Ten years ago, Juergen Fritsch, chief scientist at Franklin, Tenn.-based M*Modal, was a postgraduate student at Carnegie Mellon, working on research for the government. “We were focused on a project eavesdropping calls," says Fritsch. "What emotional state [people] were in, and so on. We learned a lot about how people talk about things."
Since then, Fritsch and his colleagues have taken what they learned and developed this into natural language understanding (NLU) technology for healthcare. In a nutshell, NLU refers to a computerized system that can turn spoken and typed words in to structured data.
Fritsch spotlighted five areas where NLU is helping transform healthcare.
1. Conversational documentation. Clinical documentation is an important aspect of a physician’s work. They need to have their notes converted in to clinical information that is actionable, such as a call to prescribe medication. Normally this is done by inputting dictation or text to a computer system. An NLU system can automatically take this information and interpret the narrative documentation (a conversational description of the patient’s visit) to find actionable items.
Using NLU in this capacity can improve the efficiency of the documentation process. According to Fritsch, 60 percent of all clinical documentation is done in an unstructured form that a computer can’t understand. “Just by listening in on a physician conversation saying that they want to put a patient on a specific medication, a computer can take actions on that,” he says.
2. Computer-assisted coding (CAC). Once a doctor treats a patient, someone needs to look at the physician’s notes and assign a billing code in order for the to receive payment. Fritsch says CAC programs that use NLU “under the hood to understand the diseases and the diagnoses” can pull this information from unstructured physician notes and automatically assign a billing code.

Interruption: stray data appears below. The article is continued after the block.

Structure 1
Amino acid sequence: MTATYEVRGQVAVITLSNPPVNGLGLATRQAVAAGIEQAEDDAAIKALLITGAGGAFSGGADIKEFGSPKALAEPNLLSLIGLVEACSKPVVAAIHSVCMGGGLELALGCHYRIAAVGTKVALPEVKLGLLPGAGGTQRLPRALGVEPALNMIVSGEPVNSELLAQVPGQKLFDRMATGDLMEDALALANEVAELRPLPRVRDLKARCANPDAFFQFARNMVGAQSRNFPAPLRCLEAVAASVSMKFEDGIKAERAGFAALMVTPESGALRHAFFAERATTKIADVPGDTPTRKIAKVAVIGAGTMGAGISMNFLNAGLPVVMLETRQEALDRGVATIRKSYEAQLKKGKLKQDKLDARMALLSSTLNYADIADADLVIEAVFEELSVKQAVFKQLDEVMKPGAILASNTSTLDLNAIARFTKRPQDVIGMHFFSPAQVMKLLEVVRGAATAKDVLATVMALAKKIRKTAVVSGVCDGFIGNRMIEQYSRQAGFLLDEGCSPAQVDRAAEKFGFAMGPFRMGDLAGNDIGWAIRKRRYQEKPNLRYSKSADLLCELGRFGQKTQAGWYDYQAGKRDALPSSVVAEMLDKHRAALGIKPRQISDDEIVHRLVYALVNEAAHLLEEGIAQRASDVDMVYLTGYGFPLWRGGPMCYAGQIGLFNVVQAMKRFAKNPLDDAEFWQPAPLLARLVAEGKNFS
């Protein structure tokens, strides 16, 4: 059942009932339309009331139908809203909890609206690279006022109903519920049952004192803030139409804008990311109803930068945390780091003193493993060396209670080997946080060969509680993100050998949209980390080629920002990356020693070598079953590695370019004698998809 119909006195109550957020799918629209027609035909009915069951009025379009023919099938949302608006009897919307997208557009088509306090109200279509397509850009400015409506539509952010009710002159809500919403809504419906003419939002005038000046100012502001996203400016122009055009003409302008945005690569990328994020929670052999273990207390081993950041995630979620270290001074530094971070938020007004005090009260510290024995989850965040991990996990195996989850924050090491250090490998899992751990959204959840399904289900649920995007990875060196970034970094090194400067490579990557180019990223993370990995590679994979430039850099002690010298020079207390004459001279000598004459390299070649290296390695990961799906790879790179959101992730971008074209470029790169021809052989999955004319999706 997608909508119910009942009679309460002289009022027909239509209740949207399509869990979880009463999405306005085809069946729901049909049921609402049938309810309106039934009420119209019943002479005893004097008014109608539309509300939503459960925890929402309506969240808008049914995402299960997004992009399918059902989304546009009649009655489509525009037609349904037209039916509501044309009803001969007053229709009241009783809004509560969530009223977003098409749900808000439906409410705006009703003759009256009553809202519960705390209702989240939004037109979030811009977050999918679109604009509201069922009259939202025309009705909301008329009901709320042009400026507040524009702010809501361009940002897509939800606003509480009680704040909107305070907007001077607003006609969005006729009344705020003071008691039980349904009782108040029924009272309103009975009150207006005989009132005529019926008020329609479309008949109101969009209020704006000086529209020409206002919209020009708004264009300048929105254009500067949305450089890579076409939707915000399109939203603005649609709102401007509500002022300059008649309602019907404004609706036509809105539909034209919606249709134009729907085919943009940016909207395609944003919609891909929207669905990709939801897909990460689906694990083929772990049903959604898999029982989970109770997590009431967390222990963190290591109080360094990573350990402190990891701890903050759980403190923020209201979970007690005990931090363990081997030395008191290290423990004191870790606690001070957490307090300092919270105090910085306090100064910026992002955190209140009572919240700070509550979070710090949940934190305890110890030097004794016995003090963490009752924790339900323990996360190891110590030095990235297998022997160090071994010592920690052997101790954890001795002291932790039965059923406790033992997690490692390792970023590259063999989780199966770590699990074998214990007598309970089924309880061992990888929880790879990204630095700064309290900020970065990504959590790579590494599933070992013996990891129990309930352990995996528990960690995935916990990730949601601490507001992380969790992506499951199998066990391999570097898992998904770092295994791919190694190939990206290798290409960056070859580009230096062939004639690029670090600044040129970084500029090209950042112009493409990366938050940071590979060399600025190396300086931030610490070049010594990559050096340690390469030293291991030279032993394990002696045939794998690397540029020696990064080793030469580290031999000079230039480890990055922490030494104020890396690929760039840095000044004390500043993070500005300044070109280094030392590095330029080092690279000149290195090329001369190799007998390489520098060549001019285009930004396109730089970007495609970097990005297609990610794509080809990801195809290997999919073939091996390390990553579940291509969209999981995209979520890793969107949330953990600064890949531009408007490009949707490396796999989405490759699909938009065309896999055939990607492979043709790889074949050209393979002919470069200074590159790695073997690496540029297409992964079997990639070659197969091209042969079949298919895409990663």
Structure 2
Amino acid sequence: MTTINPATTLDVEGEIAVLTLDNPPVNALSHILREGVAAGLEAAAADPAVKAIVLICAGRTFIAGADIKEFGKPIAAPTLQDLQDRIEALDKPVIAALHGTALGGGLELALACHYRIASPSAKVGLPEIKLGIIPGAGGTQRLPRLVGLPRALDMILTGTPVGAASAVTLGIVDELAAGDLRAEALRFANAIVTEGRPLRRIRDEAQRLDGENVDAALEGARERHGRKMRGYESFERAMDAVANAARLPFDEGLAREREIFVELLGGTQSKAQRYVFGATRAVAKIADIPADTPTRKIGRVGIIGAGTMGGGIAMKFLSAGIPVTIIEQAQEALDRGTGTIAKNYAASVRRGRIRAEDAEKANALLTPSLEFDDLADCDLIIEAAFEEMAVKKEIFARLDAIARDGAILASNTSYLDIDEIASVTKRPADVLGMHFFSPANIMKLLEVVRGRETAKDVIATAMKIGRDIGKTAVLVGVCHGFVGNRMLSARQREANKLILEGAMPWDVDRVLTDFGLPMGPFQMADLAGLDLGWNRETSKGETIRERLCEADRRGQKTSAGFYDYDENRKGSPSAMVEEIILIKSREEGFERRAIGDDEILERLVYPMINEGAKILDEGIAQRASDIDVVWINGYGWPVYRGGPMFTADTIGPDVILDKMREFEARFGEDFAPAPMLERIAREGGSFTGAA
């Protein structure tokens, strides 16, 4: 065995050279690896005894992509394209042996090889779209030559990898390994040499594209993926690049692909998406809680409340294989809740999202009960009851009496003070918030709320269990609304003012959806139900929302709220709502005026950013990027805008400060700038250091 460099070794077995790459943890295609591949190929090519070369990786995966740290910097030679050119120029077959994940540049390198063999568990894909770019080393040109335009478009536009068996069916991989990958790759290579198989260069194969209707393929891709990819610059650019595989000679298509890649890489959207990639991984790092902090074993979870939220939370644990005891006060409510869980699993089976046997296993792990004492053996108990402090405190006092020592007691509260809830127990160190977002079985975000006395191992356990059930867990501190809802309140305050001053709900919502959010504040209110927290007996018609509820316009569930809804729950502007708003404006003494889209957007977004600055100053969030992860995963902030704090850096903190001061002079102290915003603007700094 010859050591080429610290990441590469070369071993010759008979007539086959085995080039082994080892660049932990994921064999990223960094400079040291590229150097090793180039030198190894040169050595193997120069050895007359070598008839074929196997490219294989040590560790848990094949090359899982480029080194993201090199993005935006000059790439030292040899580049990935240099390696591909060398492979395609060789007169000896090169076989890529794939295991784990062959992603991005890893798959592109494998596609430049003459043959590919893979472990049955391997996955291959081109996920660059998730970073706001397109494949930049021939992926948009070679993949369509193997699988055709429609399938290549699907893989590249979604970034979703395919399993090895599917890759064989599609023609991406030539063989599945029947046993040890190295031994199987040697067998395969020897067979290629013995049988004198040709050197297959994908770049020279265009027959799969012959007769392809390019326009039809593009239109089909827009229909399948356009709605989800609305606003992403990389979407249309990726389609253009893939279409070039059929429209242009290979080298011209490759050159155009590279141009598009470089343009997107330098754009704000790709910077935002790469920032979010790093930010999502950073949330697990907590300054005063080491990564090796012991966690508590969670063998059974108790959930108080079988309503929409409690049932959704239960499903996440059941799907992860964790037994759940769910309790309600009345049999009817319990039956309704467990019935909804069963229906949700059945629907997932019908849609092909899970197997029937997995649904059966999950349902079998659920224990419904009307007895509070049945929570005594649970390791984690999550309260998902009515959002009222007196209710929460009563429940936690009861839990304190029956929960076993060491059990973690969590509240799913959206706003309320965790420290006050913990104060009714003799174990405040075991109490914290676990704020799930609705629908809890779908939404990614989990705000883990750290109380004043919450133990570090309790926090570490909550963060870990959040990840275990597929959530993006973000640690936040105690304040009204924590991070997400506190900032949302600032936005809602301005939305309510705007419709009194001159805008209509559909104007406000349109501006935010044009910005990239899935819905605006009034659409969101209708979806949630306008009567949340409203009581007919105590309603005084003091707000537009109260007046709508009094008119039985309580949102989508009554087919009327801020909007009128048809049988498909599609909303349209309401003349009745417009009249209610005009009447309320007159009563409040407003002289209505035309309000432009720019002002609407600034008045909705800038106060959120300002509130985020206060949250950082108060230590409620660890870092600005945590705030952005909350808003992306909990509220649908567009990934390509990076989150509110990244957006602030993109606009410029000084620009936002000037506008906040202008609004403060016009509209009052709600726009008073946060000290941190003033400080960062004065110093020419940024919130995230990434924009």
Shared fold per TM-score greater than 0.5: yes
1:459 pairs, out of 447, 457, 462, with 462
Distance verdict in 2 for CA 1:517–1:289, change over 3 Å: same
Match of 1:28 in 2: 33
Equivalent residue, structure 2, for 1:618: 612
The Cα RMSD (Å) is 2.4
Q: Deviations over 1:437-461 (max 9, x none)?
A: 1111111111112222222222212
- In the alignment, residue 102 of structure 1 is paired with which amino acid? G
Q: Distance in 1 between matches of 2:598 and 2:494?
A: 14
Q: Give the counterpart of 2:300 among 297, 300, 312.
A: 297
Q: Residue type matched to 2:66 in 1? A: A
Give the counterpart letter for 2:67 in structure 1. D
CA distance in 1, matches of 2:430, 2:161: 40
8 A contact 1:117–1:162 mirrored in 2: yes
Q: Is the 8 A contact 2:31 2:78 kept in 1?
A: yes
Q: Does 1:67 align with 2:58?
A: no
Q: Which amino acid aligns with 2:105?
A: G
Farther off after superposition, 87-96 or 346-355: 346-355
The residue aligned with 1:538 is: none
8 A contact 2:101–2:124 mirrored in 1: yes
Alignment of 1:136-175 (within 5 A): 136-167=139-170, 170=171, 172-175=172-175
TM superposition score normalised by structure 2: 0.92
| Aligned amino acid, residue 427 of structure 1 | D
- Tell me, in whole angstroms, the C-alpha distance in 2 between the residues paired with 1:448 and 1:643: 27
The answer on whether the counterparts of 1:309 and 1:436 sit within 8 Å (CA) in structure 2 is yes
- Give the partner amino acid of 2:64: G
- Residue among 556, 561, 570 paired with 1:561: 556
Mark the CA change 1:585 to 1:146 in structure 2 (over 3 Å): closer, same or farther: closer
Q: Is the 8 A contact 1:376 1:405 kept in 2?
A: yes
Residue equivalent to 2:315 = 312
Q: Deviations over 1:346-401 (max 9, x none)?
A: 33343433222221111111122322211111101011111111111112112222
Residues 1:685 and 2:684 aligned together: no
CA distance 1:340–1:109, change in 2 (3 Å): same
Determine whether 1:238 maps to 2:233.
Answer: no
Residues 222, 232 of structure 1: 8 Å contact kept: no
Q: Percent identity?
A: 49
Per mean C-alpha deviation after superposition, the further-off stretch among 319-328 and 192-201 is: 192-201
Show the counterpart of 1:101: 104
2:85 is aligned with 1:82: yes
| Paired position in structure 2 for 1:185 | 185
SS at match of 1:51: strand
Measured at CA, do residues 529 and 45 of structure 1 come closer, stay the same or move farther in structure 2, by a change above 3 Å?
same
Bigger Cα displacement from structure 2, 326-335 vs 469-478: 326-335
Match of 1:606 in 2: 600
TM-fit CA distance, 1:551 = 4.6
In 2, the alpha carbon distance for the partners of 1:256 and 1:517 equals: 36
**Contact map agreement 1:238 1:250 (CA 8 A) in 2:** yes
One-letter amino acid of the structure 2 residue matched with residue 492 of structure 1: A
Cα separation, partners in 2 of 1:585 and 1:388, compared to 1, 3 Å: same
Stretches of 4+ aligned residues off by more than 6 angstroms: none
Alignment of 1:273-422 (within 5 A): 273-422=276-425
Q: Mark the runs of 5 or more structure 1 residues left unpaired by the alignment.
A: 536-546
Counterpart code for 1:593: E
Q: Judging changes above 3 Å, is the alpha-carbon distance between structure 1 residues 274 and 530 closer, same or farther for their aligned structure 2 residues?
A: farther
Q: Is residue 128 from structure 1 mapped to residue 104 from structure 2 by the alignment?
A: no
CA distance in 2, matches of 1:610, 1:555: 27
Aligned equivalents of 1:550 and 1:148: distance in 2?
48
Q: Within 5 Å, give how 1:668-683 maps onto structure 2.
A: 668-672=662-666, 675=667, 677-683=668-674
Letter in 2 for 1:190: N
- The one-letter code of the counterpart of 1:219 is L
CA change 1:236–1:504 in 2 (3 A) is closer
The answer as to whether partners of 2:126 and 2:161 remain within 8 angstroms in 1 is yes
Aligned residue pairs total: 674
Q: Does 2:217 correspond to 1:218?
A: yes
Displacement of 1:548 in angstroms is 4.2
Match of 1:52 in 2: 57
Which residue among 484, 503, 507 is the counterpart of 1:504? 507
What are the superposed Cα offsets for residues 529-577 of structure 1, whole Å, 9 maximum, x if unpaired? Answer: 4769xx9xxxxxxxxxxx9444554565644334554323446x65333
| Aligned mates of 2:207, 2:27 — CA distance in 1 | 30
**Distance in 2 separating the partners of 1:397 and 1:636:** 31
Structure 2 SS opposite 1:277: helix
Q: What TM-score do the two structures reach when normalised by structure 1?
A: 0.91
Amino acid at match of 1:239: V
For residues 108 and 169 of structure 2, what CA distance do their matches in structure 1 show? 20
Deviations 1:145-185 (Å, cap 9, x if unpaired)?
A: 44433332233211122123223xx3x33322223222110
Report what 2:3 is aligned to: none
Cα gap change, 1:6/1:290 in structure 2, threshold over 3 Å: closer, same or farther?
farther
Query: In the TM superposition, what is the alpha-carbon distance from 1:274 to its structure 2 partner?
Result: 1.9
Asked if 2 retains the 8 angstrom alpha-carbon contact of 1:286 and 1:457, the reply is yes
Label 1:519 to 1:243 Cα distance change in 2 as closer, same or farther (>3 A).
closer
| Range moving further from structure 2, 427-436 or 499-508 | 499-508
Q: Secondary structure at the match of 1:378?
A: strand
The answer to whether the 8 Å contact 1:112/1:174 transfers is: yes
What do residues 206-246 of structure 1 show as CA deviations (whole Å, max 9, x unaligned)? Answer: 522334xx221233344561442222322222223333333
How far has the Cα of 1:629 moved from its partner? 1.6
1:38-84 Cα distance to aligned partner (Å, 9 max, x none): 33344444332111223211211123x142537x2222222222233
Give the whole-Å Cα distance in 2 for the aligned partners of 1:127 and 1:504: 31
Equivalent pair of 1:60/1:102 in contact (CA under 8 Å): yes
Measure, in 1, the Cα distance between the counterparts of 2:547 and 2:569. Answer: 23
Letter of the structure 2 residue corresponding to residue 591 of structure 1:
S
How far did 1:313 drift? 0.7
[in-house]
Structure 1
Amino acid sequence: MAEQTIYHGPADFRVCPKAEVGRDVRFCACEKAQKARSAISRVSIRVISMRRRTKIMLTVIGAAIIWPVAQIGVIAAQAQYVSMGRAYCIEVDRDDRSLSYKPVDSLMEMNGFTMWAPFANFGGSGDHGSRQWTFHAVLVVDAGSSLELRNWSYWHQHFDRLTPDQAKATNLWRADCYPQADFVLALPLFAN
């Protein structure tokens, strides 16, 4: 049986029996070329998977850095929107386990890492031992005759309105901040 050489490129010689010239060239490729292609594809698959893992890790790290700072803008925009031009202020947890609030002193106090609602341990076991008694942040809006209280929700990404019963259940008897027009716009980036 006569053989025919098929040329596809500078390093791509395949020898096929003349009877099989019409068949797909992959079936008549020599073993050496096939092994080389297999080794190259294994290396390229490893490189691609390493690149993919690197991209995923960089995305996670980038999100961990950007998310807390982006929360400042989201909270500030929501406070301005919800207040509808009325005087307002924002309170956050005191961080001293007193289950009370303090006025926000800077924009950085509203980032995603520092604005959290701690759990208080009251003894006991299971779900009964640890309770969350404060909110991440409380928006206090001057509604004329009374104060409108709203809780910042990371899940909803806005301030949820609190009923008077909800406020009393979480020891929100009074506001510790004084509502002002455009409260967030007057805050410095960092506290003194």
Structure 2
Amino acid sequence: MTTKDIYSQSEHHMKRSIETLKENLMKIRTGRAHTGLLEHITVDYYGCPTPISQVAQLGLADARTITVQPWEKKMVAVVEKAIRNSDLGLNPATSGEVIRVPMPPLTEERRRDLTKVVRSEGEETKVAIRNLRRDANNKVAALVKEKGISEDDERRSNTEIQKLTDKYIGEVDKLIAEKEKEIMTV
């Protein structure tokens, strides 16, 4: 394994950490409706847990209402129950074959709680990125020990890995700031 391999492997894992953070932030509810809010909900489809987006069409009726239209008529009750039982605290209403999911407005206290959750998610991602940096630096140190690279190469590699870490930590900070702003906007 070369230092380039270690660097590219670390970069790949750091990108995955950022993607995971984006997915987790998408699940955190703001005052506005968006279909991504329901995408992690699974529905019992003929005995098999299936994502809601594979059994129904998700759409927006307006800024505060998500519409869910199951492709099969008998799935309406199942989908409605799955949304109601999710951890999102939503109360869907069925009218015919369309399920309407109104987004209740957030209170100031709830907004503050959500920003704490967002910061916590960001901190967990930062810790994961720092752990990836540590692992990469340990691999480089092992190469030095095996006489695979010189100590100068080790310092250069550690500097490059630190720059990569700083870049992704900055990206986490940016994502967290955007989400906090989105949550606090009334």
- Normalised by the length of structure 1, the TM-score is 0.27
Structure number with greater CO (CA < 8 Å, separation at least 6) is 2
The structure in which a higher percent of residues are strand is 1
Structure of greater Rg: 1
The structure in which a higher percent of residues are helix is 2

“This helps the hospital do billing timely and efficiently, and it helps them get their money sooner,” says Fritsch. He adds that it can help greatly in the transition to implementing ICD-10 billing codes, as a NLU system can understand a conversational description of a diagnosis and check it against ICD-10 listings.
3. Clinical documentation improvement (CDI). Accurately documenting the condition of the patient and what procedures were performed “drives how much money [healthcare providers] get and how soon they get it,” says Fritsch. “If it’s not documented, it didn’t happen.” As procedures and billing codes become more complex, it is easier for a provider to accidentally leave a treatment undocumented, therefore losing the opportunity to receive payment. An NLU system can identify missing, incomplete or inconsistent information in a physician’s documentation.
The above three items are currently being employed in the healthcare industry. The next two are “up and coming” implementations that are not yet in the marketplace, but that are headed that way soon and have potentially large impacts.
4. Clinical decision support (CDS). CDS provides “relevant, abstracted summaries of clinical research results to guide physicians.” A physician can look back on his or her records and see how certain types of treatment affected patients, using CDS to make decisions about future courses of treatment. While this tool currently exists, NLU integration for it does not. Although many hospitals have transitioned to electronic notes from paper, it’s not in what Fritsch calls “computer readable form.” This is where NLU comes in: a doctor can make requests for certain data to be displayed and NLU can pull information from unstructured notes.
5. Interoperability. Moving medical records from one provider to another can cause major gaps in care, even if those records are already electronic. “If you move from the west coast to the east coast and all of your health information is in Word documents, your new provider doesn’t have time to read 20 pages,” Fritsch says. An NLU system can analyze the unstructured document and build lists of patient information like allergies, medications, and medical procedures. The physician can click on those lists and bring up the associated notes, saving them time.
Fritsch points out the usefulness of NLU as health information exchanges become larger and more prevalent. What good is a large database of information in electronic form if it is not easily searchable and structured in a way that is useful for an HIE? NLU’s ability to understand conversational clinical narrative and structure it in a way that a computer can understand enables healthcare providers to effectively use their records across a wide range of technologies.